About Andros

ANDROS IS A 2,300 SQUARE MILE island known not only for its world class bonefishing but also for its many species of flora and fauna and its spectacular marine environments, which include the second-largest barrier reef in the northern hemisphere, blue holes, the Tongue of the Ocean, and the Great Bahama Bank. The island is a limestone formation. The interior consists of hardwood and Andros Pine forests dissected by inland lakes and creeks. More  than 40 known species of wild orchids and more than 200 species of resident and migrating birds inhabit Andros. Other wildlife include butterflies, wild boar, iguanas and land crabs.

The perimeter of the Island is characterized by alternating coral sand beaches and mangroves line bays and lagoons. The island is laced with thousands of miles of inland waterways and fishing flats. The North, Middle, and South Bights through the island, east to west, creating vast areas for fishing and access to even more flats on the west side. Andros’ saltwater flats, a crucial habitat for bonefish and other species, are the largest in the world. The Island’s west coast is the largest tropical nursery in the world, in part owing to extensive red, black and white mangrove systems (the largest concentration in The Bahamas).

With the third-largest barrier reef in the world on one side and the shallow flats of the Grand Bahama Bank on the other, much of Andros remains a wilderness spared from major development. These conditions have created a world class sanctuary for fly fishermen in pursuit of bonefish, tarpon, and permit.

In the early 1900’s, fly fishing was introduced to The Bahamas, primarily on the islands of Bimini, Abaco, Andros, Exuma and Grand Bahama. Small lodges, such as the Bang Bang Club (Andros 1929), Deep Water Cay (Grand Bahama 1956) and Peace and Plenty (Exuma), established the Bahamas as a world class fishery. Few anglers left The Bahamas without a world class experience. Over the past fifty years, the number of fly fishing lodges in the Bahamas has grown, adding important diversification to the nation’s vital tourism industry. Andros is known among anglers as the premier fly fishing destination in The Bahamas. For fly fishing, the Island has unparalleled marine and coastal habitats.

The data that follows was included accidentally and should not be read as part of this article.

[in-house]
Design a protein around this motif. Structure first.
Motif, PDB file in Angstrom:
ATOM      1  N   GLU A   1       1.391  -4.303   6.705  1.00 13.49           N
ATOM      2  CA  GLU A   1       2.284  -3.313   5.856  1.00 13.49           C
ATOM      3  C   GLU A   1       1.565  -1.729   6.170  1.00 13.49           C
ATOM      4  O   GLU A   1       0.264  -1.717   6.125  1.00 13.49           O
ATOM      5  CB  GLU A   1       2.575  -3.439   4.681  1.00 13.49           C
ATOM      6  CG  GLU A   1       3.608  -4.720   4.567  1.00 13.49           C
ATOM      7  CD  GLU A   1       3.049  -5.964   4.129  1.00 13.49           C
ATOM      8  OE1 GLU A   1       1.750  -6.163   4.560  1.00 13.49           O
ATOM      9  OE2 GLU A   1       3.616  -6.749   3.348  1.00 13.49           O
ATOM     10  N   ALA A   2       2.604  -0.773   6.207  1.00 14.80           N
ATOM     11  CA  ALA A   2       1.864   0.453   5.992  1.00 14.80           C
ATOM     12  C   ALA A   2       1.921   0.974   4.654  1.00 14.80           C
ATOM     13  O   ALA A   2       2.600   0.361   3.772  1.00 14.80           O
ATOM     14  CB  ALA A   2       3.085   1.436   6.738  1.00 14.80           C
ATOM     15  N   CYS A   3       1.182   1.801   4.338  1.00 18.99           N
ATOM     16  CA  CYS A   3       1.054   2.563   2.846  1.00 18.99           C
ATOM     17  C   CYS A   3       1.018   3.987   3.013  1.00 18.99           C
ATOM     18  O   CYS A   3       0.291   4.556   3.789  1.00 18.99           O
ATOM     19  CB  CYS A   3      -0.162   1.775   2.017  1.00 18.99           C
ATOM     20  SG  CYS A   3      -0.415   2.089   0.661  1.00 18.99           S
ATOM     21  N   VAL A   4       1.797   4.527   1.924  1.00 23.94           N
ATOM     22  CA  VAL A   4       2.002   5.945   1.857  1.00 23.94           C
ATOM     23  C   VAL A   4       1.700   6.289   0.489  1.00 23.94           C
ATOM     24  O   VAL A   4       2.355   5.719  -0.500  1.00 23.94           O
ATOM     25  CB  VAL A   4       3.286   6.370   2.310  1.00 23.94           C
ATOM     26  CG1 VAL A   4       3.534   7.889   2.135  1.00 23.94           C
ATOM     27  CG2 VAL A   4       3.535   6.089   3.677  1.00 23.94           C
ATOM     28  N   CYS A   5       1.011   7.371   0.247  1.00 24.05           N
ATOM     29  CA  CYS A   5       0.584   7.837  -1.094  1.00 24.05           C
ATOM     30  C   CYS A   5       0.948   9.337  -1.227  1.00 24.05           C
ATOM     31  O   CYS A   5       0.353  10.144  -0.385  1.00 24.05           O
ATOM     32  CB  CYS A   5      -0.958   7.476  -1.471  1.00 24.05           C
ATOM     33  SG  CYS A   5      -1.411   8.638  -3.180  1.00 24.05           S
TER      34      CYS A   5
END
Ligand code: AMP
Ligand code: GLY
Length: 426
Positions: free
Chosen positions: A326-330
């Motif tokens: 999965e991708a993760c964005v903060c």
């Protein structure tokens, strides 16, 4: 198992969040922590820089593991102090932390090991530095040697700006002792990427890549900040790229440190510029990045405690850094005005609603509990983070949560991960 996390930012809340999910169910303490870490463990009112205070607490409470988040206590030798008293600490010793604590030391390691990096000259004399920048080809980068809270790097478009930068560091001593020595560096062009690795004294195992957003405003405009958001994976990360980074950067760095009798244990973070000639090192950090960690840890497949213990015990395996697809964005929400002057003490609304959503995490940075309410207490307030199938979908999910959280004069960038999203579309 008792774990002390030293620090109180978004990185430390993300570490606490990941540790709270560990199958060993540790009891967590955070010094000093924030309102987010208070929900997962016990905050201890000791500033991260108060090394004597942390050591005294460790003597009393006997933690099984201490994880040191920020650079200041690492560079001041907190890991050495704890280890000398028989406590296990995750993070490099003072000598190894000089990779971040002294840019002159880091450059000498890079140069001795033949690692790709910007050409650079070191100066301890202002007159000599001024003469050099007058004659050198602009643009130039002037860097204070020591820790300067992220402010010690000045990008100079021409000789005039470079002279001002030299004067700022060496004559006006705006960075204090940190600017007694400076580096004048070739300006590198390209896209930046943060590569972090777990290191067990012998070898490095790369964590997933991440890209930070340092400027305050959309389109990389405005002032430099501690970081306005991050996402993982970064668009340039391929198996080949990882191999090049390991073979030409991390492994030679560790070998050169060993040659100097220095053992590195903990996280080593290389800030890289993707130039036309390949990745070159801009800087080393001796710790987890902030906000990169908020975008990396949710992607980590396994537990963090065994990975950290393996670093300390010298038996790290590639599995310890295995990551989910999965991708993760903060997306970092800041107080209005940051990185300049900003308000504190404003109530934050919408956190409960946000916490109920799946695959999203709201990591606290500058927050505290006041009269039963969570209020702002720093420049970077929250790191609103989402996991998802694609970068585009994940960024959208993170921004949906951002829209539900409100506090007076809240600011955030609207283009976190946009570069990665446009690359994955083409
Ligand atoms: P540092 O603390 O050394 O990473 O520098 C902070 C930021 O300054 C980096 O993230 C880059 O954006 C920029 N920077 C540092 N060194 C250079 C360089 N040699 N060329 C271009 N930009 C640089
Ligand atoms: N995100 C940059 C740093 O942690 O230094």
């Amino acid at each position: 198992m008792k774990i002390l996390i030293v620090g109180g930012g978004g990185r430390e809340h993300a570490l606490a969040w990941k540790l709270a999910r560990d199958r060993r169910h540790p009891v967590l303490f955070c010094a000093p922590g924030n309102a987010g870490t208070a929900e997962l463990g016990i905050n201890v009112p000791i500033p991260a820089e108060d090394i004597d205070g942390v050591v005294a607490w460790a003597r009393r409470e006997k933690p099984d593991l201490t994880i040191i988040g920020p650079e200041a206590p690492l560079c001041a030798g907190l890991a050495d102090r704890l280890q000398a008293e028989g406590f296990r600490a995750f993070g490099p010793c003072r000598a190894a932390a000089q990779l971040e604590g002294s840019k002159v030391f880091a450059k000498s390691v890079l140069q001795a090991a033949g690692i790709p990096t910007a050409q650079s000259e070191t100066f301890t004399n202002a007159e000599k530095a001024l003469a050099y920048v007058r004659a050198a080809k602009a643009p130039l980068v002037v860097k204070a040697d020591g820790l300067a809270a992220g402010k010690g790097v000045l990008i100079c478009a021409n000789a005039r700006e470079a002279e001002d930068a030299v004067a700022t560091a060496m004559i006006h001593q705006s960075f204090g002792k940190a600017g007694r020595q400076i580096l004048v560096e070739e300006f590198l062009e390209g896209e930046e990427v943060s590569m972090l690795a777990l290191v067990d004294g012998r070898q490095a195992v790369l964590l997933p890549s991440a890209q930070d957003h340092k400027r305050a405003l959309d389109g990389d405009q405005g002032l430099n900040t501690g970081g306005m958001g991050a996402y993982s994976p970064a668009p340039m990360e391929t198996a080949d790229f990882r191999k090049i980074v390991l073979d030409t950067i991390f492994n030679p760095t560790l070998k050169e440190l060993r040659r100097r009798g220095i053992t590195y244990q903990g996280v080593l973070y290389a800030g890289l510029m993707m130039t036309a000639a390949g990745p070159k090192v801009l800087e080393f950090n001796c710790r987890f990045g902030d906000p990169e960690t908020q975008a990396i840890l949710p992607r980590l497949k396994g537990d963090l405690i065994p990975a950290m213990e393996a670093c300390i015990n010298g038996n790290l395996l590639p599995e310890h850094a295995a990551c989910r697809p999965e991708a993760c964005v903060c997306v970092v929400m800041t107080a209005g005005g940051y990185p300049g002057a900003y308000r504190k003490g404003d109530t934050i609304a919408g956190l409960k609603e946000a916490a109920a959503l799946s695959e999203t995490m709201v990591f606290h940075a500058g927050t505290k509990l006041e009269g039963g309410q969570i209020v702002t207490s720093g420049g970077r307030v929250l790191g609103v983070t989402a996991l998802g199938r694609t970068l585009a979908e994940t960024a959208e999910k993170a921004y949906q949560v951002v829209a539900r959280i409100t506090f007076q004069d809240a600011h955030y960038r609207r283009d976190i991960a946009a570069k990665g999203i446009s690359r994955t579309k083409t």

However, the ecological underpinnings of the marine and coastal environments are fragile and deserve to be adequately studied and protected. The fishery faces stress from a variety of pressures including coastal development that could potentially spoil near-shore marine environments, netting of bonefish for subsistence needs, and the fly fishing industry itself.

The Bahamas Sportfishing and Conservation Association (BSCA) is a grassroots network of the industry’s most recognized and successful Bahamian leaders. The Association was formed to promote conservation and environmental awareness throughout the Bahamas. The BSCA is dedicated to the preservation of marine and coastal systems, the protection of the sport fish of this remarkable fishery, and the economic benefits that this industry provides the Bahamian people.

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Environmental Conservation

The Bahamas Sportsfishing & Conservation Association (BSCA) is dedicated to the preservation of marine and coastal systems in the Caribbean, the protection of the sport fish in this remarkable fishery, and the sustainability of economic benefits the sportfishing industry provides to the Bahamian people.
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What our Guests Say

  • ~ G Groat, Georgetown, SC

    "“Stafford Creek Lodge is the finest and most professionally run lodge in the Bahamas.  The commitment to excellence is apparent in the comfort of the accommodations, the daily lodge operation, the abilities of their chef, and the great skill and dedication of the guides.  Prescott Smith, with able assistance from the staff and guides, have created the ultimate fly fishing destination.”"

  • ~ Dr. D Sinn, Dallas, TX

    "“The fishing is the BEST.  The guides work very hard and the food is GOURMET!  J have never fished and found a grand slam daily as I did last year on the west side of Andros.  Can’t always get them to eat, but that’s why we call it fishing.  My favorite fishing adventure every year.  What more could you ask for?”"

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